Cronkite News Service
Apr. 13, 2007 11:57 AM
The Legislature has approved a memorial calling for Congress to recognize the state Game and Fish Department as having the authority to manage the declining desert bighorn sheep herd in the Kofa National Wildlife Refuge in southwestern Arizona.
The U.S. Fish and Wildlife Service has the final authority in the refuge, though the Arizona Game and Fish Department, which is charged with managing the state's wildlife, works with the agency, said Paul Cornes, manager of the Kofa range.
The memorial's sponsor, Rep. Jerry Weiers, R-Glendale, said Game and Fish officials need to respond quickly to threats facing bighorns, including predators such as mountain lions. advertisement
"It's a simple request to allow Game and Fish to do the things necessary to make certain we don't lose our extremely important herd of bighorn sheep," said Weiers, a member of the Arizona Desert Bighorn Sheep Society.
Weiers said a response to the decline could include a mountain lion hunt. The Fish and Wildlife Service has temporarily shelved a proposal for a mountain lion hunt on the Kofa range, Cornes said.
The Senate approved HCM 2008 on Thursday on a 19-9 vote. The House approved it last month on a 37-20 vote.
The secretary of state will transmit the memorial to the state's congressmen, among others.
The memorial won't change the working relationship between the Fish and Wildlife Service and Game and Fish, Cornes said.
"We're not in an adversarial position," Cornes said. "We have a good working relationship with Game and Fish in Yuma. Our biologists are addressing the overall decline of the bighorn sheep population together."
The driving force behind the creation of the Kofa Refuge in 1939 was protecting bighorn sheep. About 400 live in the refuge, which covers 665,000 acres east of U.S. 95 between Yuma and Quartzsite.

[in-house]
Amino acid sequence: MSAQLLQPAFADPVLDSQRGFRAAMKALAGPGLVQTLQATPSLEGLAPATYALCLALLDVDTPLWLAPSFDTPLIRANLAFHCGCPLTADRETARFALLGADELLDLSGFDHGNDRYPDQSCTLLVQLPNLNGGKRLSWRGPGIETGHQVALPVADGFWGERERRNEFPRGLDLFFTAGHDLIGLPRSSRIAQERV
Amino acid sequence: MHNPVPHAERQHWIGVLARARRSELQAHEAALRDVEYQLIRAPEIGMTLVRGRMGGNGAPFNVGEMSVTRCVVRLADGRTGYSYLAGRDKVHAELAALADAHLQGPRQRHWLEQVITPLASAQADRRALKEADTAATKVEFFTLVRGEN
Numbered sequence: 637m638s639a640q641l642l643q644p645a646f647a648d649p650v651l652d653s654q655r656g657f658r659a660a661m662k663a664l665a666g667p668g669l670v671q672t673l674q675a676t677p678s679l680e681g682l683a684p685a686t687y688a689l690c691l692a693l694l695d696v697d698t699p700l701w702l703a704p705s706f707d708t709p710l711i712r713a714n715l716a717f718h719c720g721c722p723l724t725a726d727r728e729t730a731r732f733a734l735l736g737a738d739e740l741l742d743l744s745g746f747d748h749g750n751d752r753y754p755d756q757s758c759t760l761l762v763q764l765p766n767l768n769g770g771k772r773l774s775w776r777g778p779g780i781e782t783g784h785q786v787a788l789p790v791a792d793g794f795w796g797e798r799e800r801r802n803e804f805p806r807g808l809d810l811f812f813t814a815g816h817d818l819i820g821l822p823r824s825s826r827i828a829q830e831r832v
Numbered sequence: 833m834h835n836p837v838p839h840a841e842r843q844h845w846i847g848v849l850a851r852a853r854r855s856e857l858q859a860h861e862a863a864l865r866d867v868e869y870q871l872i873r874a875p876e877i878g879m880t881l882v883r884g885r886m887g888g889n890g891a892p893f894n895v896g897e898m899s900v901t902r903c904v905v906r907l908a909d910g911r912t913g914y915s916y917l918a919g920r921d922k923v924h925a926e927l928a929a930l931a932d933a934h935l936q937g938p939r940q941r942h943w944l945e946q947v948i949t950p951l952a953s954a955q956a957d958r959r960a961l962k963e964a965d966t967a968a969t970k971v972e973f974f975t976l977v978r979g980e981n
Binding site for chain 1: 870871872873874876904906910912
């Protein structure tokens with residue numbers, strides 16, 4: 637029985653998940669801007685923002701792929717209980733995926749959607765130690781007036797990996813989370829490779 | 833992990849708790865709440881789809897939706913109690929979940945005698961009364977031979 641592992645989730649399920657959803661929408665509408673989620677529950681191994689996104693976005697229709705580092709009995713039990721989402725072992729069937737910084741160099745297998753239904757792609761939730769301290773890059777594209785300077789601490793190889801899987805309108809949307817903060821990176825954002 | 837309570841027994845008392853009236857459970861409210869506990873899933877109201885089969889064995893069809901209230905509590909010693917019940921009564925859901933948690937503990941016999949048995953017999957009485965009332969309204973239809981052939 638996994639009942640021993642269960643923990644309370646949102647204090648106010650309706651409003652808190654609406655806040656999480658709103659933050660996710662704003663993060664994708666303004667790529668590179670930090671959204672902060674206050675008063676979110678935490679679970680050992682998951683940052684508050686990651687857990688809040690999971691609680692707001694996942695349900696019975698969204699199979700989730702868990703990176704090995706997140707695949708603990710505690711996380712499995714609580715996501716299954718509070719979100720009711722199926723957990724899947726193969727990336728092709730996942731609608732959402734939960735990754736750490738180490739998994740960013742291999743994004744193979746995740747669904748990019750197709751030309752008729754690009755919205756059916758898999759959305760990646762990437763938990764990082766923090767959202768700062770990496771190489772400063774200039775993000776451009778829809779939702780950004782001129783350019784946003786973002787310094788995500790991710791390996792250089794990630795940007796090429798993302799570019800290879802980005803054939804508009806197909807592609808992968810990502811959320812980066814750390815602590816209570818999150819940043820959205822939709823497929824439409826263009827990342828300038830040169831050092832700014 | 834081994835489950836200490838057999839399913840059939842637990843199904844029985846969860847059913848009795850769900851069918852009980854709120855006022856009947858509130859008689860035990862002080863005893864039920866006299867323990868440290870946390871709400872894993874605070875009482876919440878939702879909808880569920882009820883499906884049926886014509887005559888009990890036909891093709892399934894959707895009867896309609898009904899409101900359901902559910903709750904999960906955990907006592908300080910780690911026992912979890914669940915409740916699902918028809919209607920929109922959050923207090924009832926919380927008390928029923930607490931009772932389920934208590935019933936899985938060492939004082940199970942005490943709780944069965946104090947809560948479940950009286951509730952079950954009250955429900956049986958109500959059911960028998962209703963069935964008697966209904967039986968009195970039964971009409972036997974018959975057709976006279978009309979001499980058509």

Studies conducted by the Fish and Wildlife Service and Game and Fish found a 51.9 percent decrease in the Kofa bighorn sheep population between 2000 and 2006. Cornes cited disease, drought and predators such as the mountain lion as possible reasons for the decline.
For 50 years, more than 550 bighorns have been taken from the Kofa range and transplanted around the Southwest to establish new herds or supplement existing ones, Cornes said. Such relocations can't continue with the current bighorn population, Cornes said.
Mike Golightly, chairman of the Arizona Game and Fish Commission, said he is worried that mountain lions are contributing to shrinking bighorn sheep numbers.
"There has been a noticeable increase of mountain lion sightings in the area," Golightly said. "If we determine that lion predation is the cause of the loss of bighorn sheep, the appropriate action would be to reduce the lion population. Something needs to start happening in terms of studies and management actions sooner rather than later."
There is no evidence to support the claim that mountain lions are to blame for the decline in bighorn sheep, said Sandy Bahr, conservation outreach director for the Grand Canyon Chapter of the Sierra Club.
"This is a way for Game and Fish to try and supersede the suspended hunt of mountain lions," Bahr said. "They are seeking to put more politics in an area where we should be looking at the science."
Mountain lions might now be living on Kofa instead of just passing through, which has been the norm, said Terry Allison, a hunter education instructor and former president of the Arizona State Rifle & Pistol Association.
"This isn't about killing lions out of bloodlust," Allison said. "Without proper game management, we could lose the lions and bighorn sheep."